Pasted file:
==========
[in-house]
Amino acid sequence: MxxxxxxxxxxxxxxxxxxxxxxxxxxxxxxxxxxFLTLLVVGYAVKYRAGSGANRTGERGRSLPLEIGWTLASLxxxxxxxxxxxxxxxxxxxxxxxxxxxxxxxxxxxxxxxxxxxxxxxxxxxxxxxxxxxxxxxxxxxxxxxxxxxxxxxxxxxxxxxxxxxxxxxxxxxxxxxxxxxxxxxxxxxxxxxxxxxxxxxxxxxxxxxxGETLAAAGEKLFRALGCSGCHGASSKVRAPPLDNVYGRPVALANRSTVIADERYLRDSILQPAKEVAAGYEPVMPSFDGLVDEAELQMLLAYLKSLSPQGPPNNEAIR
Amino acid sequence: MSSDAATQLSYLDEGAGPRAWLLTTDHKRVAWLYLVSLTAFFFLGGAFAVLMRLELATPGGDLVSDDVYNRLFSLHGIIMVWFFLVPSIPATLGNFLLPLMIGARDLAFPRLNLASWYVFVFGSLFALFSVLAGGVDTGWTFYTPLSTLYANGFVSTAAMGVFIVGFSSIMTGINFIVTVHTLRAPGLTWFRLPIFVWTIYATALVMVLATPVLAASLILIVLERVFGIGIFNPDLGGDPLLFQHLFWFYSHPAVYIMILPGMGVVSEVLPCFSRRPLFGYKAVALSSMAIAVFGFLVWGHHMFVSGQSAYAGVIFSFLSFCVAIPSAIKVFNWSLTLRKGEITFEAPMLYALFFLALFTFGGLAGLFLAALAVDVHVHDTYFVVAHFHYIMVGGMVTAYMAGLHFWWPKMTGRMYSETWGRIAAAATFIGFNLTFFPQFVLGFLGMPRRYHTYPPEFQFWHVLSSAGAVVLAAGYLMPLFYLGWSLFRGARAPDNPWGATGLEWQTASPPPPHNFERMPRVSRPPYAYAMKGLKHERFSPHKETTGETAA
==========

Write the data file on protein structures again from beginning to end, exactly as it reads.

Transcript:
[in-house]
Amino acid sequence: MxxxxxxxxxxxxxxxxxxxxxxxxxxxxxxxxxxFLTLLVVGYAVKYRAGSGANRTGERGRSLPLEIGWTLASLxxxxxxxxxxxxxxxxxxxxxxxxxxxxxxxxxxxxxxxxxxxxxxxxxxxxxxxxxxxxxxxxxxxxxxxxxxxxxxxxxxxxxxxxxxxxxxxxxxxxxxxxxxxxxxxxxxxxxxxxxxxxxxxxxxxxxxxxGETLAAAGEKLFRALGCSGCHGASSKVRAPPLDNVYGRPVALANRSTVIADERYLRDSILQPAKEVAAGYEPVMPSFDGLVDEAELQMLLAYLKSLSPQGPPNNEAIR
Amino acid sequence: MSSDAATQLSYLDEGAGPRAWLLTTDHKRVAWLYLVSLTAFFFLGGAFAVLMRLELATPGGDLVSDDVYNRLFSLHGIIMVWFFLVPSIPATLGNFLLPLMIGARDLAFPRLNLASWYVFVFGSLFALFSVLAGGVDTGWTFYTPLSTLYANGFVSTAAMGVFIVGFSSIMTGINFIVTVHTLRAPGLTWFRLPIFVWTIYATALVMVLATPVLAASLILIVLERVFGIGIFNPDLGGDPLLFQHLFWFYSHPAVYIMILPGMGVVSEVLPCFSRRPLFGYKAVALSSMAIAVFGFLVWGHHMFVSGQSAYAGVIFSFLSFCVAIPSAIKVFNWSLTLRKGEITFEAPMLYALFFLALFTFGGLAGLFLAALAVDVHVHDTYFVVAHFHYIMVGGMVTAYMAGLHFWWPKMTGRMYSETWGRIAAAATFIGFNLTFFPQFVLGFLGMPRRYHTYPPEFQFWHVLSSAGAVVLAAGYLMPLFYLGWSLFRGARAPDNPWGATGLEWQTASPPPPHNFERMPRVSRPPYAYAMKGLKHERFSPHKETTGETAA